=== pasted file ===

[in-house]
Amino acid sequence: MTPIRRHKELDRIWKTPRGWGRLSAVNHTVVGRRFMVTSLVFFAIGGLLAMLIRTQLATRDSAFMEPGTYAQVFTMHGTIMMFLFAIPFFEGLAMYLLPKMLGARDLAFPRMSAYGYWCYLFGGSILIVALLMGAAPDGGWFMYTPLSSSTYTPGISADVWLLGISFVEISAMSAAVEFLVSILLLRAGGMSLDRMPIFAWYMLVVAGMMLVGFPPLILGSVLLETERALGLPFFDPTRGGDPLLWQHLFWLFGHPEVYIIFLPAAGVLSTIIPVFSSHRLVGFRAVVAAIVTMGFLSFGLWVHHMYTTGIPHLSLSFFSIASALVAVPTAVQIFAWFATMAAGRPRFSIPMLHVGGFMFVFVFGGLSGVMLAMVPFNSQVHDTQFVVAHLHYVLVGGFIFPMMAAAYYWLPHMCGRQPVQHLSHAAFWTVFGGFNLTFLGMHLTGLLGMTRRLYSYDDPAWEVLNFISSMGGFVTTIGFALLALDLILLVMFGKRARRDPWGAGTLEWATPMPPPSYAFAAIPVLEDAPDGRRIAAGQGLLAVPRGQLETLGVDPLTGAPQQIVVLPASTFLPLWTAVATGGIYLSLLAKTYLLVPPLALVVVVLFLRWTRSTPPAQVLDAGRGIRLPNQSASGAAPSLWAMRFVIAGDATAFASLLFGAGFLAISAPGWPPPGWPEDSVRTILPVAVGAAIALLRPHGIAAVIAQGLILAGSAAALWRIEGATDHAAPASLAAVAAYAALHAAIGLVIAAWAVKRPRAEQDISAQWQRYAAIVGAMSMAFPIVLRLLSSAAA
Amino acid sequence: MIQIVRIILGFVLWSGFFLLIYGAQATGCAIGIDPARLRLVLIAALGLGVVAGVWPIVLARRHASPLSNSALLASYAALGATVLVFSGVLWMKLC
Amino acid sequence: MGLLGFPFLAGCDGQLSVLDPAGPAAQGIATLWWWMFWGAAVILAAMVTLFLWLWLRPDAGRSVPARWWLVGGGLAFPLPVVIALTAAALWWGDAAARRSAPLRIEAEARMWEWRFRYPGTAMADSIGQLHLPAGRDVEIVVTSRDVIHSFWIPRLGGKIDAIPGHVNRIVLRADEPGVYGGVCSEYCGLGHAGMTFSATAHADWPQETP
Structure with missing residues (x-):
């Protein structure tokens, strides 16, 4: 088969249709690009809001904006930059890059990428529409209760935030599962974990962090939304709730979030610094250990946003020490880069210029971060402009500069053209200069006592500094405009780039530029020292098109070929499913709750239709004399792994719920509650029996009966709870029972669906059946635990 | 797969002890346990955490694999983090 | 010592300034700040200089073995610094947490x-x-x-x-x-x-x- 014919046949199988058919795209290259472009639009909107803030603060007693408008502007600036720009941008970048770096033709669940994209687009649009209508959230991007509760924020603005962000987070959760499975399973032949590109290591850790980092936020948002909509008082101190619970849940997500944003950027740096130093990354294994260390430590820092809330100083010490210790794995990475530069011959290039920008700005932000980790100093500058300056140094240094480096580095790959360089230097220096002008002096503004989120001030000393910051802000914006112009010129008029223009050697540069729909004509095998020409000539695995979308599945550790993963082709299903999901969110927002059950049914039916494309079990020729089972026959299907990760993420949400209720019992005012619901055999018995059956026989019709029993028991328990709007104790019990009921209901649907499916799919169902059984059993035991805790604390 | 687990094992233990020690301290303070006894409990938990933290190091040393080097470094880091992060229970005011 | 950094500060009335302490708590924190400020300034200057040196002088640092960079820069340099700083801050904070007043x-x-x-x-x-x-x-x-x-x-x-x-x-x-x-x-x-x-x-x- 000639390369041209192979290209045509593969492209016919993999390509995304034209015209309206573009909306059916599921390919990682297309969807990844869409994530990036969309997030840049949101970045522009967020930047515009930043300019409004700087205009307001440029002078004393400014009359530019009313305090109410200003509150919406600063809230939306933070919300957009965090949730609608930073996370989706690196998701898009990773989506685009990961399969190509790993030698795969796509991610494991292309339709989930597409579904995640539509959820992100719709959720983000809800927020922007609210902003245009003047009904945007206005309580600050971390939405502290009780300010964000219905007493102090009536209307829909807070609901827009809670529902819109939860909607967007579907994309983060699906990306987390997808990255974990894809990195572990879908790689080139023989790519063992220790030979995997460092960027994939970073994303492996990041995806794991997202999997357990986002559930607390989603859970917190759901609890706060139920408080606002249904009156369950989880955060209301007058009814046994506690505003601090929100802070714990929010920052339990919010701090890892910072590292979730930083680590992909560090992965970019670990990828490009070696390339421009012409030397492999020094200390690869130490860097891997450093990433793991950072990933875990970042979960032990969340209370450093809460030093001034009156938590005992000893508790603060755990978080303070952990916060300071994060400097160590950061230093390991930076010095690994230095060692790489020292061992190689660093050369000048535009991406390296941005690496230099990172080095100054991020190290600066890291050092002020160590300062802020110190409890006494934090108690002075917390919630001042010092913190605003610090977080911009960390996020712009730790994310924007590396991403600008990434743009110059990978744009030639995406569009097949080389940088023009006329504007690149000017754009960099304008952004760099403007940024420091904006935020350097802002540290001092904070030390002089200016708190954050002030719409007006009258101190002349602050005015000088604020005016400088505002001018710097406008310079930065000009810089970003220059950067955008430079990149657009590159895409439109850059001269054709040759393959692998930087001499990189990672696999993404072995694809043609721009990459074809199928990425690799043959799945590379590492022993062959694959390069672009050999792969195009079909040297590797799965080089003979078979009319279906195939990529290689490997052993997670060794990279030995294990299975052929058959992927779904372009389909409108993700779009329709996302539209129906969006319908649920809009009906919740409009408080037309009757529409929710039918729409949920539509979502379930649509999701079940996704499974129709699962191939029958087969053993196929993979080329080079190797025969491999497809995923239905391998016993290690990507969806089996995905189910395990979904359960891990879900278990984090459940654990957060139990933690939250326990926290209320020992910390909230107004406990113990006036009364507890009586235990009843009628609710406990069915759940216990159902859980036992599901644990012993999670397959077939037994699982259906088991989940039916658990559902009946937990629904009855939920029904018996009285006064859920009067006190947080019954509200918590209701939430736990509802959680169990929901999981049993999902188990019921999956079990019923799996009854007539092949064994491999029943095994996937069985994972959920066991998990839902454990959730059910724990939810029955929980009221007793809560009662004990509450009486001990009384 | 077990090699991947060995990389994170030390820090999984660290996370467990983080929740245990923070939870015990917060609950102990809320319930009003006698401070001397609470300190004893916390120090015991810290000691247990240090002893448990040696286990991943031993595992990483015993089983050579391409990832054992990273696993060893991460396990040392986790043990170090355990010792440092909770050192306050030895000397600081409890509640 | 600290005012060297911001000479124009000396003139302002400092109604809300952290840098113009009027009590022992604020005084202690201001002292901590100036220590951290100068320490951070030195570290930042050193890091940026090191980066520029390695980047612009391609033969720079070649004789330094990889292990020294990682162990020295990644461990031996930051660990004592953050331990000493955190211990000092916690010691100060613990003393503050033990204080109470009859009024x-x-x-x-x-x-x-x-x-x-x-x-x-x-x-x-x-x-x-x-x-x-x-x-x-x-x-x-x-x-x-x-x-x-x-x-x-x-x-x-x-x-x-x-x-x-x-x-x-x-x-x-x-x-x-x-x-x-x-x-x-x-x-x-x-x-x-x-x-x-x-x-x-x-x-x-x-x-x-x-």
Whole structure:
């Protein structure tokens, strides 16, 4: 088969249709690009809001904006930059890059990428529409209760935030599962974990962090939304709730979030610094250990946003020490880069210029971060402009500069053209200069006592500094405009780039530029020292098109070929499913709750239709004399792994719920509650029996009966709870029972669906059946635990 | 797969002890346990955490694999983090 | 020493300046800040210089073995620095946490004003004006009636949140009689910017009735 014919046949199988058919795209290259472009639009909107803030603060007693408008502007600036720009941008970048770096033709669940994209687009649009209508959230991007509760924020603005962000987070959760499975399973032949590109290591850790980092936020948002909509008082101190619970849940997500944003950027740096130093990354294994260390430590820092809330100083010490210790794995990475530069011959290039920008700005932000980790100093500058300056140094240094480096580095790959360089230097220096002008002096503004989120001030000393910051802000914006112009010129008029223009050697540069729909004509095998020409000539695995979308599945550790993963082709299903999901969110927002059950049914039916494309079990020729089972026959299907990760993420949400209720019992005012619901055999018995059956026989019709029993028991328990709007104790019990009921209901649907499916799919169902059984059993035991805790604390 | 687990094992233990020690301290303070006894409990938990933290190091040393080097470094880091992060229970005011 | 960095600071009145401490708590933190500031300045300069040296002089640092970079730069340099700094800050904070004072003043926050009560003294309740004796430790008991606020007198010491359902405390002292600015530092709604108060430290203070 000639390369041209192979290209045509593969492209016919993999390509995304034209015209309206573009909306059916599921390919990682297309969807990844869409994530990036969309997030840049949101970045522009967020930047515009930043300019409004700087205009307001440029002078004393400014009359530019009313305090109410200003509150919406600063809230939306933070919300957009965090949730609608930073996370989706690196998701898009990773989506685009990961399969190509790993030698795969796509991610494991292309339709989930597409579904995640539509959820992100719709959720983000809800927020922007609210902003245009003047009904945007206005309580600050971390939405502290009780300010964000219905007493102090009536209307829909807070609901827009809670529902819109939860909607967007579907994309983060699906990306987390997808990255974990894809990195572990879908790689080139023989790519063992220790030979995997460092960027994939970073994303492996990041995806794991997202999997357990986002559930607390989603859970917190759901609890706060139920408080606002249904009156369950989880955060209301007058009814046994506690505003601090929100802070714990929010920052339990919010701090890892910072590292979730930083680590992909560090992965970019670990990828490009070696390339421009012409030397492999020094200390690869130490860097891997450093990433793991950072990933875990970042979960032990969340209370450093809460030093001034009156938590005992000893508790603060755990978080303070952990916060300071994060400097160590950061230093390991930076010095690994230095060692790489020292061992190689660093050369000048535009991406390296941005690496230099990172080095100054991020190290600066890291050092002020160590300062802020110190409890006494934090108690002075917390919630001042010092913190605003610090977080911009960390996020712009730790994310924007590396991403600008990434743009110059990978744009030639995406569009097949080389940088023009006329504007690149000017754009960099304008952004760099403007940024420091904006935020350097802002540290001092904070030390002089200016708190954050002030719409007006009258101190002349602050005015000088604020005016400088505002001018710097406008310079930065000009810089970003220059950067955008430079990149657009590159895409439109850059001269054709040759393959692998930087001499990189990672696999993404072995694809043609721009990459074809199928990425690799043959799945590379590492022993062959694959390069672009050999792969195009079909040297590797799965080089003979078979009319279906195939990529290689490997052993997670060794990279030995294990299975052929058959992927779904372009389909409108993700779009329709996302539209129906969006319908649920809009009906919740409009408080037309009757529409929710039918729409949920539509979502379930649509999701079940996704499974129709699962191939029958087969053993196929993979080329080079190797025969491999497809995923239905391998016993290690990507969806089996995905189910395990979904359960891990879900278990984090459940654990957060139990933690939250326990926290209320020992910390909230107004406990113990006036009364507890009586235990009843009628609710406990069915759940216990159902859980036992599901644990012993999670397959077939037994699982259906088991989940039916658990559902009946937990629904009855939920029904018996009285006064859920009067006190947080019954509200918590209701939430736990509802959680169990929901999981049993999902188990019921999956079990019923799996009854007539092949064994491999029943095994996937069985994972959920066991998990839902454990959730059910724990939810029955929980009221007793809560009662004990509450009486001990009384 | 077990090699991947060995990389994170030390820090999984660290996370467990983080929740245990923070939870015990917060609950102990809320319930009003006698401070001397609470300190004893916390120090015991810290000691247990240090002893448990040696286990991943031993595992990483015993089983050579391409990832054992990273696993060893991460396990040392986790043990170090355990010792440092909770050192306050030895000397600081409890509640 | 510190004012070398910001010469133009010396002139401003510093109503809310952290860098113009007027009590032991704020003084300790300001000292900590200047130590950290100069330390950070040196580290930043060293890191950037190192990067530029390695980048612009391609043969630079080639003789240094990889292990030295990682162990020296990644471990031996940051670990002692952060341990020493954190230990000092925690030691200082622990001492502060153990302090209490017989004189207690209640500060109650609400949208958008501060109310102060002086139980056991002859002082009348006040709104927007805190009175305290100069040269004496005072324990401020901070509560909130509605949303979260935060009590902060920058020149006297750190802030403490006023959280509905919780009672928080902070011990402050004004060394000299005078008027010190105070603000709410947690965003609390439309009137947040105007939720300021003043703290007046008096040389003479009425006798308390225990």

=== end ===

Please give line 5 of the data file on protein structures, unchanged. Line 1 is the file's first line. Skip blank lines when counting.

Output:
Structure with missing residues (x-):